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Method and Device to Alert Service that a Thermal Print Head Needs Replacement

IP.com Disclosure Number: IPCOM000014262D
Original Publication Date: 2000-Sep-01
Included in the Prior Art Database: 2003-Jun-19
Document File: 2 page(s) / 43K

Publishing Venue

IBM

Abstract

As thermal printer speeds increase the thermal print head is being stressed to its limits. Some print heads are designed with thermal gradients so large that the glass over coatings crack on the frequently used elements. This condition gradually degrades print quality until a subjective limit is exceeded and the print head is replaced. Some applications are very sensitive to missing dots bar code printing for example. This leads to the need for a method and device for identifying bad print elements so that appropriate maintenance can be scheduled. In the case of bar code printing, one missing element might require print head replacement. In another application, a "soft" failure could be recorded so that print head replacement might be scheduled at some convenient time. All of this is possible with this invention. Figure 1 shows a schematic circuit of a printer that scans the print head and records burned out elements. A device (Hexsense from International Rectifier) monitors the current through each print element as each is scanned by the microprocessor. This scanning is done at a time when no printing is done, possibly after a power on reset. The pulse length (maybe 25 microseconds or shorter) can be much shorter than a normal print pulse length (typically 300 microseconds) so that no dots are printed on the thermal paper. The circuit is simple and straightforward. 1 2

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Method and Device to Alert Service that a Thermal Print Head Needs Replacement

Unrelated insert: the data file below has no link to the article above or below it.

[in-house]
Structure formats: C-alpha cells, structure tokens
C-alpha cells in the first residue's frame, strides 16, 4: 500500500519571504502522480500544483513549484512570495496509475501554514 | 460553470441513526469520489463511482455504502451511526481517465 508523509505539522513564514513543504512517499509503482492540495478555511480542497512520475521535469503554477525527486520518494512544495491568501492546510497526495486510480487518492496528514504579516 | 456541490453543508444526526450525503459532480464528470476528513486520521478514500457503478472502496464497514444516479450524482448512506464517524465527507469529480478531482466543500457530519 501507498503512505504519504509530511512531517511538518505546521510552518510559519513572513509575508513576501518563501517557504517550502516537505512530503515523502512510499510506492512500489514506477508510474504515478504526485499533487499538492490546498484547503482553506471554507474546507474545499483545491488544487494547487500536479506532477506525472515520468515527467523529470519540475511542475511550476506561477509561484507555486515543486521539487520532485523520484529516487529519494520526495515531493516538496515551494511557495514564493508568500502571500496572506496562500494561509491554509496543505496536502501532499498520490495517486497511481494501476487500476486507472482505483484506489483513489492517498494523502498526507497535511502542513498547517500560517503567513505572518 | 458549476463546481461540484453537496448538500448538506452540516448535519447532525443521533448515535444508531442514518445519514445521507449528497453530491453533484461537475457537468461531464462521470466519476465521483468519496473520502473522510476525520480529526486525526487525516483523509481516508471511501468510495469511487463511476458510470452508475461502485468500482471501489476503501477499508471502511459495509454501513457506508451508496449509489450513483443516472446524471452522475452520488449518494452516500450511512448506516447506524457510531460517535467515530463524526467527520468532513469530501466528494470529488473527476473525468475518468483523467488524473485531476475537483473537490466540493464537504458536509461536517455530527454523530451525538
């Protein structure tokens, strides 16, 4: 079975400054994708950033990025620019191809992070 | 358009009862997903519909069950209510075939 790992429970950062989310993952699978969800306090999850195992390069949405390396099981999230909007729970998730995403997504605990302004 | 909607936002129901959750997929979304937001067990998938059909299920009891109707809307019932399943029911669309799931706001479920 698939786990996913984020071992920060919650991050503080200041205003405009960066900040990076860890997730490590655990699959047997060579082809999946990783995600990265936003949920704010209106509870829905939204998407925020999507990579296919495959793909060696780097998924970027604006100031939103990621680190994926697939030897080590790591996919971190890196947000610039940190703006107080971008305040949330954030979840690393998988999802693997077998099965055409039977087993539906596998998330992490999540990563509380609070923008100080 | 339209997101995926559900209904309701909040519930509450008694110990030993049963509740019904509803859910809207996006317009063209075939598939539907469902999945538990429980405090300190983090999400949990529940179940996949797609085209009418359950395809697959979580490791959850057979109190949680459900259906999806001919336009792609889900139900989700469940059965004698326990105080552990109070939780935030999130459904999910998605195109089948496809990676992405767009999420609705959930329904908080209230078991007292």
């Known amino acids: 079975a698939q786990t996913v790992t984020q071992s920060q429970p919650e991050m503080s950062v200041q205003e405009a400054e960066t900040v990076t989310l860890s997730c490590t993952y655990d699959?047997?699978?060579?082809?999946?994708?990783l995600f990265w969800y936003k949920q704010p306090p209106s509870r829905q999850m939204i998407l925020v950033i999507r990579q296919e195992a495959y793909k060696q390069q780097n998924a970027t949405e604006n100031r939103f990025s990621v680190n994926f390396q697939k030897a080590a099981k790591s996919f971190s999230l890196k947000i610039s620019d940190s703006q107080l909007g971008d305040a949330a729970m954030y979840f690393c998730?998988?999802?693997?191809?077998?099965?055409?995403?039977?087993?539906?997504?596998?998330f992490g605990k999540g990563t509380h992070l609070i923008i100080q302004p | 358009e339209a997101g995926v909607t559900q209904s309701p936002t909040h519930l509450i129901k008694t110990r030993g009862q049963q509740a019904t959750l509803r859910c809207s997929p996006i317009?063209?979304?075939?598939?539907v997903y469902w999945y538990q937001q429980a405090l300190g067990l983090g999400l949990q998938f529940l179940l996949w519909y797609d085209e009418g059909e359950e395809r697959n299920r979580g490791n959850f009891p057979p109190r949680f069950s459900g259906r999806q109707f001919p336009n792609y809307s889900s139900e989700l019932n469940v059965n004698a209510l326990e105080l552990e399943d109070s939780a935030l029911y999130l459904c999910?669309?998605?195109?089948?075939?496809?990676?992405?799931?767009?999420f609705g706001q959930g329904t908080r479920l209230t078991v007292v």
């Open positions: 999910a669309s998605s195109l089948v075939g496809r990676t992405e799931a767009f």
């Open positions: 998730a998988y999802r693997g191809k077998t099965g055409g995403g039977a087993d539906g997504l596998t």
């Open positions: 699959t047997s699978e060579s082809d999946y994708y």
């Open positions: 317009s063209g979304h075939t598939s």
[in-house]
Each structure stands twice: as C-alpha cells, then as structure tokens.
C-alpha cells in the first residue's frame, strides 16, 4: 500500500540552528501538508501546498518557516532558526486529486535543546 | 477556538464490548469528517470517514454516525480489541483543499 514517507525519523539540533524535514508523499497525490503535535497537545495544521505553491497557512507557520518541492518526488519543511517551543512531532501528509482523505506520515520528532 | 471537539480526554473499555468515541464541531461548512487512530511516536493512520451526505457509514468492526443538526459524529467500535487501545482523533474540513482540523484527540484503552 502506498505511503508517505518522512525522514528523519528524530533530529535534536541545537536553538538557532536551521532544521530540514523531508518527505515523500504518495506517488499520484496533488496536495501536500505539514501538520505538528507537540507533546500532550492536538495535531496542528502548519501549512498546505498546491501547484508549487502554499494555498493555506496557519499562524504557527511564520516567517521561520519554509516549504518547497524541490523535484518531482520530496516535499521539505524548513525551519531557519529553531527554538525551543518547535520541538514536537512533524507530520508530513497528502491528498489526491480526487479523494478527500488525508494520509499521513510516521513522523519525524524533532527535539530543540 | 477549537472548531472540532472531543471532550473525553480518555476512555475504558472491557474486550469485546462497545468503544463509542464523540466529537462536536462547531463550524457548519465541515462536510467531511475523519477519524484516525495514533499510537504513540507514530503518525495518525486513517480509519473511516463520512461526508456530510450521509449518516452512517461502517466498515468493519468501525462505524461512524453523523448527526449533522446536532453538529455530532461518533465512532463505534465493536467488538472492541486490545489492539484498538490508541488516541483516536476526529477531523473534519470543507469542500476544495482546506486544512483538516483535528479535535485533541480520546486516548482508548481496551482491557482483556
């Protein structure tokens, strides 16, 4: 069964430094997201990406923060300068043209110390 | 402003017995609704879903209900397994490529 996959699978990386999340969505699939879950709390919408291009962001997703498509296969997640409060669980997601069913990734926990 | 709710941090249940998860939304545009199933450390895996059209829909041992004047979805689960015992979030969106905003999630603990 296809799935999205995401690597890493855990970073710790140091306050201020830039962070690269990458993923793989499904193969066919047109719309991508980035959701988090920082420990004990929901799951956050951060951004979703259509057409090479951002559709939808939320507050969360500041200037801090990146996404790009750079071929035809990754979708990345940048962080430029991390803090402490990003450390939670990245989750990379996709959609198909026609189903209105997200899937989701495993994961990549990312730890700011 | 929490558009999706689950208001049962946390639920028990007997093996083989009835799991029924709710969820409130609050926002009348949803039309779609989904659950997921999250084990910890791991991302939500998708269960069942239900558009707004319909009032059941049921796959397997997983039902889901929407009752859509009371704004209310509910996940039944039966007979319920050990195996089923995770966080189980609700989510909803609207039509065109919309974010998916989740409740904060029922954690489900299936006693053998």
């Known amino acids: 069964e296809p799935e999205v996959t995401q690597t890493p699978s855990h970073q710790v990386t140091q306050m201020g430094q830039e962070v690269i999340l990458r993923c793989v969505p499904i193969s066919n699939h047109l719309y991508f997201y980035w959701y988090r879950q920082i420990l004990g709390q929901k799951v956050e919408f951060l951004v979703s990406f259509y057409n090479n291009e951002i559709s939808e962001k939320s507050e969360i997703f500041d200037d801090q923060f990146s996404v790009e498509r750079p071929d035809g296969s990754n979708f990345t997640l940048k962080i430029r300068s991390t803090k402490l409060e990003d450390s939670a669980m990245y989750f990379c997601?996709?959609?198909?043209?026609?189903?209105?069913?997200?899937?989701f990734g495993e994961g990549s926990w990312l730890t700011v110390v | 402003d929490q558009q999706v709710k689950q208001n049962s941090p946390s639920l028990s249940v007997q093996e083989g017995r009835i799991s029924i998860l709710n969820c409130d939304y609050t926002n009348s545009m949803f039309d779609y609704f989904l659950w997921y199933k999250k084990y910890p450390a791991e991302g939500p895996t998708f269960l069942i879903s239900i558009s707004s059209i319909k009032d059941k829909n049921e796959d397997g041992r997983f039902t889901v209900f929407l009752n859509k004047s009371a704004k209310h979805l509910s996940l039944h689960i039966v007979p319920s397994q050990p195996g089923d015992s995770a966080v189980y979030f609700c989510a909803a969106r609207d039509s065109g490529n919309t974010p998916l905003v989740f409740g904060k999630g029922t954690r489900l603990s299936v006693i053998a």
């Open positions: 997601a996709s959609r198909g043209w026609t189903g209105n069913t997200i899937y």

As thermal printer speeds increase the thermal print head is being stressed to its limits. Some print heads are designed with thermal gradients so large that the glass over coatings crack on the frequently used elements. This condition gradually degrades print quality until a subjective limit is exceeded and the print head is replaced. Some applications are very sensitive to missing dots - bar code printing for example. This leads to the need for a method and device for identifying bad print elements so that appropriate maintenance can be scheduled. In the case of bar code printing, one missing element might require print head replacement. In another application, a "soft" failure could be recorded so that print head replacement might be scheduled at some convenient time. All of this is possible with this invention.

Figure 1 shows a schematic circuit of a printer that scans the print head and records burned out elements. A device (Hexsense from International Rectifier) monitors the current through each print element as each is scanned by the microprocessor. This scanning is done at a time when no printing is done, possibly after a power on reset. The pulse length (maybe 25 microseconds or shorter) can be much shorter than a normal print pulse length (typically 300 microseconds) so that no dots are printed on the thermal paper. The circuit is simple and straightforward.

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